Young people in Europe have been disproportionally affected by unemployment as a result of the economic crisis and a large number of the most disadvantaged are migrant youth, or those of a different ethnic origin, living in deprived city neighbourhoods. This book examines the need for more appropriate interventions aimed at improving the inclusion of young people in the labour market, bringing together theoretical reflections and empirical evidence on emerging innovative policies and practices.
Using case studies from across Europe, it asks how effectively innovative interventions respond to the specific needs, motivations, aspirations and strategies of unemployed and vulnerable youth within the contextual conditions of the welfare state and locality. It also provides a new theory of the effectiveness of interventions.
As social exclusion remains high among young people in Europe, Effective Interventions for Unemployed Young People in Europe is essential reading for policymakers and practitioners. This book demonstrates where we can look for effective innovative interventions and how these can potentially add up to large-scale social innovation. It is also a crucial resource for academics and students interested in social and labour inclusion measures.
Table of Contents
Chapter 1 - A new perspective on activating young people (Tomáš Sirovátka and Henk Spies)
Chapter 2 - A theory of effective policies on social exclusion (Henk Spies)
Chapter 3 - The Loft: Birmingham (Jill Robinson, Ajmal Hussain, Helen Higson and Gemma Commane)
Chapter 4 - The Loft: Shelter of ideas in Athens (Maria Pothoulaki and Pyrros Papadimitriou)
Chapter 5 - Learning by Working (Tomáš Sirovátka, Jana Válková and Ondřej Hora)
Chapter 6 - Transfer of an integrated approach for the improvement of employment prospects among Roma youth in Sofia (Marko Hajdinjak)
Chapter 7 - Entrepreneurs of their own lives: Buzinezzclub Rotterdam as an alternative route to the social inclusion of young people (Maarten Davelaar and Henk Spies)
Chapter 8 - The Youth Employment Agency in Hamburg – a needs-oriented service innovation? (Anne-Marie Gehrke and Simon Güntner)
Chapter 9 - Brightful in Malmö: Finding One’s Own Way (Jonas Alwall and Pia Hellberg Lannerheim)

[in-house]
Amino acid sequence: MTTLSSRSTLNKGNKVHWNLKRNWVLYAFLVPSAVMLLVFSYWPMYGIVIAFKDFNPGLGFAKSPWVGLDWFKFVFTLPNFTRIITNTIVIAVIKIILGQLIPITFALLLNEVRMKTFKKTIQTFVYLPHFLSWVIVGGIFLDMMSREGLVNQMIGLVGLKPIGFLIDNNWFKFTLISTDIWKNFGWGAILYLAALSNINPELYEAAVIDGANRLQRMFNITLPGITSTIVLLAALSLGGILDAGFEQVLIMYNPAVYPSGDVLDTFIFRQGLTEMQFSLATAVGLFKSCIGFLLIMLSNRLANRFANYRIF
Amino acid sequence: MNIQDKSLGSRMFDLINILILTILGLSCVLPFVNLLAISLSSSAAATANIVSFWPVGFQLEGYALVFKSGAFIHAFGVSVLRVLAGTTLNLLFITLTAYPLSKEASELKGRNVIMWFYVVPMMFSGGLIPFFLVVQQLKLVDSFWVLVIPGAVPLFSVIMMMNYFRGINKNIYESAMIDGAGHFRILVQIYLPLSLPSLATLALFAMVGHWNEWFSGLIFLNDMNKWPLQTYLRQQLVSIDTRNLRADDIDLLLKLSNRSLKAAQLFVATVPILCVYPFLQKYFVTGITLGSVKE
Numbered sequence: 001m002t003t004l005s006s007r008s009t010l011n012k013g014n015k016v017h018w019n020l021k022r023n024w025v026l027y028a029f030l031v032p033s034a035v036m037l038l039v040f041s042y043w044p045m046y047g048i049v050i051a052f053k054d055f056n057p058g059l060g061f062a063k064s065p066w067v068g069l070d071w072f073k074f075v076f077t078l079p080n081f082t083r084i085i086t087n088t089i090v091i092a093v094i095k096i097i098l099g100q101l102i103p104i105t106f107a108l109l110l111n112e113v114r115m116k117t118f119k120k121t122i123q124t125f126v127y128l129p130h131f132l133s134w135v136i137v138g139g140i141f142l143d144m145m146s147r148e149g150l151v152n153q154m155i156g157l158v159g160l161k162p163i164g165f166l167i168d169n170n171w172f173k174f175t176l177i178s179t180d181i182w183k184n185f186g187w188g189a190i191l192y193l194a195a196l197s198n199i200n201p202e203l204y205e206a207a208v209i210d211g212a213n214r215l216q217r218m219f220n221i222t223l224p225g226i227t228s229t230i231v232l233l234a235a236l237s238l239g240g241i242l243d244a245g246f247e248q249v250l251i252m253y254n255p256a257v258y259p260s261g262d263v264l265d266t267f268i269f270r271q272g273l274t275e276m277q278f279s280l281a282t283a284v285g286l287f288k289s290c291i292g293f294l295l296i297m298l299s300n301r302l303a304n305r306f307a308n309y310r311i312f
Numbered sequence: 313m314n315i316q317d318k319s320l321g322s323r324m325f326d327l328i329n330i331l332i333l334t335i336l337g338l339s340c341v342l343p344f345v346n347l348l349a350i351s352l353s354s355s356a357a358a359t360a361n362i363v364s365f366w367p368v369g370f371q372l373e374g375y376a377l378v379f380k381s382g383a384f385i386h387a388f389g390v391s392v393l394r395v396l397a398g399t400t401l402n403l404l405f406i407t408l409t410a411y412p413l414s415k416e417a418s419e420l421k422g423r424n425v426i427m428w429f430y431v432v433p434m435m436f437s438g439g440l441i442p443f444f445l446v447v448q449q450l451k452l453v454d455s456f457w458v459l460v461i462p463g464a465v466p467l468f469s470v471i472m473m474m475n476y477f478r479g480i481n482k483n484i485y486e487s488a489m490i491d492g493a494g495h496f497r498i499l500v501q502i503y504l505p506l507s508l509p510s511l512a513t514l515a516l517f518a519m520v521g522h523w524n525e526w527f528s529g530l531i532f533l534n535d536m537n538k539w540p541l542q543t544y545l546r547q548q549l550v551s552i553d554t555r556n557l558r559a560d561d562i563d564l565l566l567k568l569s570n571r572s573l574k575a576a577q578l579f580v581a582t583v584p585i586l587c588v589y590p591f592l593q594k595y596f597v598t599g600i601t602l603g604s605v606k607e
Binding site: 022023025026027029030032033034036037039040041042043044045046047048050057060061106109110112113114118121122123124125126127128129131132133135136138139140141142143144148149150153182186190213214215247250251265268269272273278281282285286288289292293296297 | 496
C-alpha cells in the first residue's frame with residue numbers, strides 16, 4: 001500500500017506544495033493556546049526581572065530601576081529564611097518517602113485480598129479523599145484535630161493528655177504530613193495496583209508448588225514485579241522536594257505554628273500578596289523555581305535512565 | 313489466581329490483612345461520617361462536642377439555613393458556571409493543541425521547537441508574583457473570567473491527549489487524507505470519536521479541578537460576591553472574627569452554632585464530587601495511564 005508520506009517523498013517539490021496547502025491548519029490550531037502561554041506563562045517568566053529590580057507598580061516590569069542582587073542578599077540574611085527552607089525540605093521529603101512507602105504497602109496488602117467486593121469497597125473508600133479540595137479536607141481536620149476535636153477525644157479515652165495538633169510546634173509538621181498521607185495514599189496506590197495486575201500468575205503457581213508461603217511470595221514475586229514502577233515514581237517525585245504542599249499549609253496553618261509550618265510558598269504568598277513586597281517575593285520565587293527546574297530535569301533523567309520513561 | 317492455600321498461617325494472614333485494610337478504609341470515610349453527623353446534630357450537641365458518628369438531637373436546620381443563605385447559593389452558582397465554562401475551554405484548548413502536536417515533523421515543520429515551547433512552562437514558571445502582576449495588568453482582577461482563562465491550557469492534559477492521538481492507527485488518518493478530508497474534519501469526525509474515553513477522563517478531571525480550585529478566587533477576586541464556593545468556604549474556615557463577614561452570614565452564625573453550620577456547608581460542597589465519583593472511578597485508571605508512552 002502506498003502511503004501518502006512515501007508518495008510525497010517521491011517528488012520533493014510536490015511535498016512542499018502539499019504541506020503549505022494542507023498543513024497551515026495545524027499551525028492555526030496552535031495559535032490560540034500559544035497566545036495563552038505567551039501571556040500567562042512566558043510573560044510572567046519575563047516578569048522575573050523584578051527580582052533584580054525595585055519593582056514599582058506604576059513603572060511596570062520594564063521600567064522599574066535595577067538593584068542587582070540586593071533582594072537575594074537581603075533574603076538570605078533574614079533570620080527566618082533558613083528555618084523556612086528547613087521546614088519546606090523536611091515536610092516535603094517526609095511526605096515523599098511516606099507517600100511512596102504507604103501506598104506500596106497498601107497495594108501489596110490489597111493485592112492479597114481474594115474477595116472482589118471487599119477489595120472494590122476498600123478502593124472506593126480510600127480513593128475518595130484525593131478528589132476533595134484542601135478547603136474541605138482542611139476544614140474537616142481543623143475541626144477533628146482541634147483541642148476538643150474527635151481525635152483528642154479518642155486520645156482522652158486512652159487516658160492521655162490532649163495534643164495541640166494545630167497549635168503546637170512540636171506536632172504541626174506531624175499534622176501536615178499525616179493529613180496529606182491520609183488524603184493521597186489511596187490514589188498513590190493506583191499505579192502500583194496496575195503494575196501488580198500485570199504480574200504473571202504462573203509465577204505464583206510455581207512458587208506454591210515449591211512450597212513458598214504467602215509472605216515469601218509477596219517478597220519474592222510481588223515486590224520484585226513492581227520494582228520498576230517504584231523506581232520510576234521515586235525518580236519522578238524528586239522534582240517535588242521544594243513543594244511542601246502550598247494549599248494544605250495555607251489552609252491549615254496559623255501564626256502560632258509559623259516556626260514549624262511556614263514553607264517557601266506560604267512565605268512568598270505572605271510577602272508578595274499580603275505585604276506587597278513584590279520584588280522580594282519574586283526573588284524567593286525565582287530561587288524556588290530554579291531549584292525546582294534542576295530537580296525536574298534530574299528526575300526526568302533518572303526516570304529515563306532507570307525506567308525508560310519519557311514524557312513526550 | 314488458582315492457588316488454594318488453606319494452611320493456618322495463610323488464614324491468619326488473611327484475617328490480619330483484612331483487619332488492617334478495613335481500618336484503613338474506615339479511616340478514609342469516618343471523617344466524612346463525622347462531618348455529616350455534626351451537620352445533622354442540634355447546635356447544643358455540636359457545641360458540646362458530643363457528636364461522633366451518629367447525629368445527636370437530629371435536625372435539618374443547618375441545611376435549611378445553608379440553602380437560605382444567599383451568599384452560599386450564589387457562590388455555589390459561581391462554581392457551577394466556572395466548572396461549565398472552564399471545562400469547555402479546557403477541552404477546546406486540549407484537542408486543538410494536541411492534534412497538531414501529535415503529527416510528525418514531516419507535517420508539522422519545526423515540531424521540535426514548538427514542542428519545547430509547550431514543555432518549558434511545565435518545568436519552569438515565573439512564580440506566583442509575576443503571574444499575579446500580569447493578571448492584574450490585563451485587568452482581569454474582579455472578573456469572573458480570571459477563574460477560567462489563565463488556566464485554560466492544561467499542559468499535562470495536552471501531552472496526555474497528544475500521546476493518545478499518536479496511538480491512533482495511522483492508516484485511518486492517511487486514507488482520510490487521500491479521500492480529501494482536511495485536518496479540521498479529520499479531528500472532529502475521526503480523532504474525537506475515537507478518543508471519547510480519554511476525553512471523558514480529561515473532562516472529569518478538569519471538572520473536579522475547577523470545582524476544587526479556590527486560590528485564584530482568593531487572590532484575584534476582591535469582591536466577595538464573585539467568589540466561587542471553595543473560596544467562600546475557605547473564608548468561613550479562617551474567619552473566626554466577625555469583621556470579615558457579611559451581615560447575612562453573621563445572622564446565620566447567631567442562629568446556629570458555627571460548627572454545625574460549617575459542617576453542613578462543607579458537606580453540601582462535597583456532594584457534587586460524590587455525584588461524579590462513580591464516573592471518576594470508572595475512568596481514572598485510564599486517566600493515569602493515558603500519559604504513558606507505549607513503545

Chapter 10 - Comparing innovative policies and practices for activating young people (Tomáš Sirovátka, Henk Spies, Jana Válková and Ondřej Hora)
Chapter 11 - Conclusions: towards a paradigm shift in activating young people (Tomáš Sirovátka, Jana Válková and Henk Spies)
Tomáš Sirovátka is a Professor of Social Policy at Masaryk University, where he is currently heading the Institute for Public Policy and Social Work. He is interested in analysing labour market and social inclusion policies, especially comparative research aimed at exploring the social policies in the Central European countries.
Henk Spies is currently director of +Confidence, a SME involved in research, consultancy and training in the social sector, both domestically and internationally. He was a consultant on the reorganisation and development of new client approaches in social services in the Netherlands and Norway.
'The book goes far beyond known facts when giving insights on innovative practice of activating labour market policies for young unemployed. The analysis of social projects to combat inequalities in different European cities provides a most inspiring view on success and failure. It infally underlines that policy intervention should not treat young people as a problem but as potentials.' - Irene Dingeldey, University of Bremen
'Based on a critical review of mainstream activation approaches and building on debates about tailor-made, personalized activation services, this book elaborates the argument that the match between people’s needs/ambitions and the characteristics of interventions constitutes the core mechanism in making activation policies effective. By analyzing the theoretical principles underlying this mechanism, providing data from casestudies and discussing policy implications, the book offers stimulating reading for a broad audience.' - Rik van Berkel, Utrecht University